No, I think the model Greg is proposing is essentially this: the
current focus is a privilege that at most one window may have. To
have it, it must be explicitly granted by something else, such as
the panel launcher.

Having this "non-stealing" and "focus stealing prevention" stuff
is doing it backwards.

I do wish these things would be thrashed out at freedesktop.org or
similar to get some standards around user interface expectations
and behaviour. It's about time we got some real user interface
standards instead of all this making stuff up and/or blindly
following the leader/competition.

a.

Octavio:
> In this point you are assuming that the user will only launch
> applications from an application related to the window manager.

Nope. gnome-panel is neither compiz nor metacity. It doesn't matter
which app does the launching.

> Otherwise, there is a need for a function call for a third
> party to remove the focus from any window.

No. No-one ever removes focus. The launching app relinquishes focus from itself.

> I think it would be a security risk, as an application might
> continuously take away the focus from any application.

It could only take focus away from itself.

> Your point would only be useful as an optimization for a
> particular environment, but what if you launch from the
> terminal or from a third party launcher?

The terminal or third-party launcher would (might) relinquish focus to
the new window.

> The other arguments of yours rely mostly on that.
>
> The only universal solution I have come up with is a
> non-stealing notification window (semi-transparent if
> using a composite manager) saying "Your window
> is ready, Sir."

gnome-shell implements exactly that (minus the assumption that the
user is male).

> The new window should have the URGENT hint set (as it is now)
> but it must be made more apparent and attention-grabbing.
>
> And an option to unset the URGENT hint from a Window without
> necesarily having to bring it up front.

With focus-follows-mouse on, pointing does this. Any additional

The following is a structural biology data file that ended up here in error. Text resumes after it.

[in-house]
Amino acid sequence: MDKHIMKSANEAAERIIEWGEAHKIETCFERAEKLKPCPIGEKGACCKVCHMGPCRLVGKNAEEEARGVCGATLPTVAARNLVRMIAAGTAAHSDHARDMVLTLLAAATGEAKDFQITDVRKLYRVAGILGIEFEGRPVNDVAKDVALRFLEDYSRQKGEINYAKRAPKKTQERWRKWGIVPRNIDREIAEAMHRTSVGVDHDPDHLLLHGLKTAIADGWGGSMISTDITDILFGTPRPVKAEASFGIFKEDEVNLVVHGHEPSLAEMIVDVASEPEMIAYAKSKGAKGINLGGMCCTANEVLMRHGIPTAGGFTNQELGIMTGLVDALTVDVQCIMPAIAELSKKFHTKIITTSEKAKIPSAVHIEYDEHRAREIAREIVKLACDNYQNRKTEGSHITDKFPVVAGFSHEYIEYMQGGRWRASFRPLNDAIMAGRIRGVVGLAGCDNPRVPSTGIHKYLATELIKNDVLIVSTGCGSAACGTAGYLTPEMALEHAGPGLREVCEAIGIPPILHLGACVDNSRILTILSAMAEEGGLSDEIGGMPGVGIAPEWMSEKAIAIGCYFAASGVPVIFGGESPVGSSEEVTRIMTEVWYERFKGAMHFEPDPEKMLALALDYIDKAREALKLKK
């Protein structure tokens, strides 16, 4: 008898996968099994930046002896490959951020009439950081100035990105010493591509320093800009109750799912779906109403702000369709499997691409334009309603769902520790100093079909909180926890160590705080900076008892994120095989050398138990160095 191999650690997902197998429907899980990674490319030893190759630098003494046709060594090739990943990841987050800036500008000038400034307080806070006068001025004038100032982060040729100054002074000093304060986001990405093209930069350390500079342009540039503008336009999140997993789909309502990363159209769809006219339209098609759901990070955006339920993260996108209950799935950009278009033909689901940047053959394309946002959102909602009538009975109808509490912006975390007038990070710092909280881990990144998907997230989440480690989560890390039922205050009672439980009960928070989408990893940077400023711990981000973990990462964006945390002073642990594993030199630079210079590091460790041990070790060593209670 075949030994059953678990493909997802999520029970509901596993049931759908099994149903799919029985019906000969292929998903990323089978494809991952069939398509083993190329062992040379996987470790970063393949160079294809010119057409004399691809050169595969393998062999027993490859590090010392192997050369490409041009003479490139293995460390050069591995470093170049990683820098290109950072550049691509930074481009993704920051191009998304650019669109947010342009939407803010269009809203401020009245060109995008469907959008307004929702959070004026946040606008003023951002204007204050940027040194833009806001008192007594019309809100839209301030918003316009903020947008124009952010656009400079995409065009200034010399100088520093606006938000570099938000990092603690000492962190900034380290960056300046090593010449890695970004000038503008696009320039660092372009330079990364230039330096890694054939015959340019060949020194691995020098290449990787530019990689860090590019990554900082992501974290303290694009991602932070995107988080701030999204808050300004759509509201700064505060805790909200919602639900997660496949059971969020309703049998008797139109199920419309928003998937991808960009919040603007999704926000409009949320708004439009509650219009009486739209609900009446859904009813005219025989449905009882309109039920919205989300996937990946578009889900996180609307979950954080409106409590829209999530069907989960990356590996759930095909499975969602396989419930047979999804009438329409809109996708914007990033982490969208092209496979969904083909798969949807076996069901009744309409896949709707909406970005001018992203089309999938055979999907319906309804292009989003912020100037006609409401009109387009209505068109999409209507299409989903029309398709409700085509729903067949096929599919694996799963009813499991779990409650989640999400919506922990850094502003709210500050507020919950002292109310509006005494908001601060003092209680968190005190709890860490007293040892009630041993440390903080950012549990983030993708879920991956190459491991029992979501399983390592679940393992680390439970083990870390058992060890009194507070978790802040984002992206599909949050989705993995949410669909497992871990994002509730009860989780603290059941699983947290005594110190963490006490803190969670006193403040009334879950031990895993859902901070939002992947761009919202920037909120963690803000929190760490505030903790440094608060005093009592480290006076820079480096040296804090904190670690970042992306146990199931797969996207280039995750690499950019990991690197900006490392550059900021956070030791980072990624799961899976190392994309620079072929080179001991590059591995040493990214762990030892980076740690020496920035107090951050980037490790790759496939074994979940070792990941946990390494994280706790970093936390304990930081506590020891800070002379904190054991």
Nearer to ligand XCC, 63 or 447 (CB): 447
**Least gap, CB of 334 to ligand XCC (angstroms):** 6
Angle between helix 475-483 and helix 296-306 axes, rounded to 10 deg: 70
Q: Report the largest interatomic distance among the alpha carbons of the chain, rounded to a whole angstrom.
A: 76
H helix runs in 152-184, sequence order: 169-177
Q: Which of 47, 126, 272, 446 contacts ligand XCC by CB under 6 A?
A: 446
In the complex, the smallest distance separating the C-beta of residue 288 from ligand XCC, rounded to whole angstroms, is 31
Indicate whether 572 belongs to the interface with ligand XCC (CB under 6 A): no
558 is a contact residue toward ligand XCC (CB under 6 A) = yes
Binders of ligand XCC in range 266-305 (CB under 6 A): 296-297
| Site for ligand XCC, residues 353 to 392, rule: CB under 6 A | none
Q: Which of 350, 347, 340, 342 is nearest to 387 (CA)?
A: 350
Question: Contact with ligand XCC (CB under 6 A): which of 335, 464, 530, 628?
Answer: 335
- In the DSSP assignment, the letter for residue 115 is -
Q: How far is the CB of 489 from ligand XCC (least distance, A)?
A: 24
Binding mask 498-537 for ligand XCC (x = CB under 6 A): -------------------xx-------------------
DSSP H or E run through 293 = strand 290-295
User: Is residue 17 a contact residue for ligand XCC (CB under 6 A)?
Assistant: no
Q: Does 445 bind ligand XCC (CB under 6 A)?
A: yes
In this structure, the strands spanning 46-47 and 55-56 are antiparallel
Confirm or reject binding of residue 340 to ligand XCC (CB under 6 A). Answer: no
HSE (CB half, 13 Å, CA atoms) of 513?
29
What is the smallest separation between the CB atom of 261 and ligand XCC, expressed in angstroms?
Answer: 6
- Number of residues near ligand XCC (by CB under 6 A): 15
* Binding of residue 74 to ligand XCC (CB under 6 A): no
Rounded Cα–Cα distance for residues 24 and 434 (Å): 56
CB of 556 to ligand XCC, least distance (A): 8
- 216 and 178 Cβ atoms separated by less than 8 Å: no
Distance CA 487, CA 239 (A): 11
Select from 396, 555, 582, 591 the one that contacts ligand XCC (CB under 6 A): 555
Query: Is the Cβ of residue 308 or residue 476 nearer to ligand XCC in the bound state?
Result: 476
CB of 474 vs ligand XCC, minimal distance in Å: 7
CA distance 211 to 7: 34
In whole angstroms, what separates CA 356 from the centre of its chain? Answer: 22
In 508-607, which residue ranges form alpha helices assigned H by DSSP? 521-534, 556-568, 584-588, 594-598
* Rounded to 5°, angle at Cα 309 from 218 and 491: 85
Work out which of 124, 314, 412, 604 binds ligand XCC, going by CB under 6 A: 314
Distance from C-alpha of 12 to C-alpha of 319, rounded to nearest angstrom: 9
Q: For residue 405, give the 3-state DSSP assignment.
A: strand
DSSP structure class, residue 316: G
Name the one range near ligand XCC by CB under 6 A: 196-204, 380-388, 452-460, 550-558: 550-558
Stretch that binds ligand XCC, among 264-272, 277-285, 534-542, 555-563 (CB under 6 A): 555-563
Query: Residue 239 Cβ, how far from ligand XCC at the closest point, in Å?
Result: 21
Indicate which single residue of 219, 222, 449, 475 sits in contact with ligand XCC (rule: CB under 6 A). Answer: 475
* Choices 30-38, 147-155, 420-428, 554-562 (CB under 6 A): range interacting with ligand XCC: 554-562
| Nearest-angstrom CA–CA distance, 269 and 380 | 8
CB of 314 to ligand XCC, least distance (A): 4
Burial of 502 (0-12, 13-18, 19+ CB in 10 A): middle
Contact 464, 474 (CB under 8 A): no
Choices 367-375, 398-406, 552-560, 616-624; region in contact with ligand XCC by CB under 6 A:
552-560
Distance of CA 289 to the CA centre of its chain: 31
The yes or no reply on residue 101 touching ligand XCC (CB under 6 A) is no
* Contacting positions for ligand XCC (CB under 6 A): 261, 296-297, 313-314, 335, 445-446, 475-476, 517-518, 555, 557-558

mechanism for removing the hint would be overkill, in my opinion.

> Just an idea.

avdd:
> No, I think the model Greg is proposing is essentially this: the
> current focus is a privilege that at most one window may have.

Yeah, fair enough.

> To
> have it, it must be explicitly granted by something else, such as
> the panel launcher.

Not quite. To lose focus, one must explicitly relinquish it—either to
«nothing» or to another window.

To gain focus, either another window throws focus to you; or your
window opens while nothing has focus. (This second case is the only
way a window can get focus without being explicitly given it by
another window.)

> Having this "non-stealing" and "focus stealing prevention" stuff
> is doing it backwards.

It is.

--
Greg

Matthew Paul Thomas (mpt) wrote :

Unfortunately, most of the comments on this bug report -- including those by jmspeex, ChrisH, Gok6tm, user2037, Michael, Thomas Folz-Donahue, Greg K Nicholson, and avdd -- have nothing to do with the bug.

This bug report, like the Gnome bug report it links to, is specifically about dialogs belonging to background windows. It is not about focus stealing prevention in general. If you have suggestions for improving the focus stealing prevention algorithm, I suggest you work together on a specification with a flow chart for how it should work. Include a description of how it would differ from the existing algorithm, and examples of how it would do better. If you don't know what the existing algorithm is, research that first.

jmspeex (jean-marc-valin) wrote :

If you look at my original comment, you'll see that the reason I commented here is because someone made my earlier bug report a duplicate of this bug. So if you're not happy, find that person and tell him/her to stop doing that.

Changed in metacity:
importance: Unknown → Medium
Curtis Hovey (sinzui) on 2011-11-11
no longer affects: null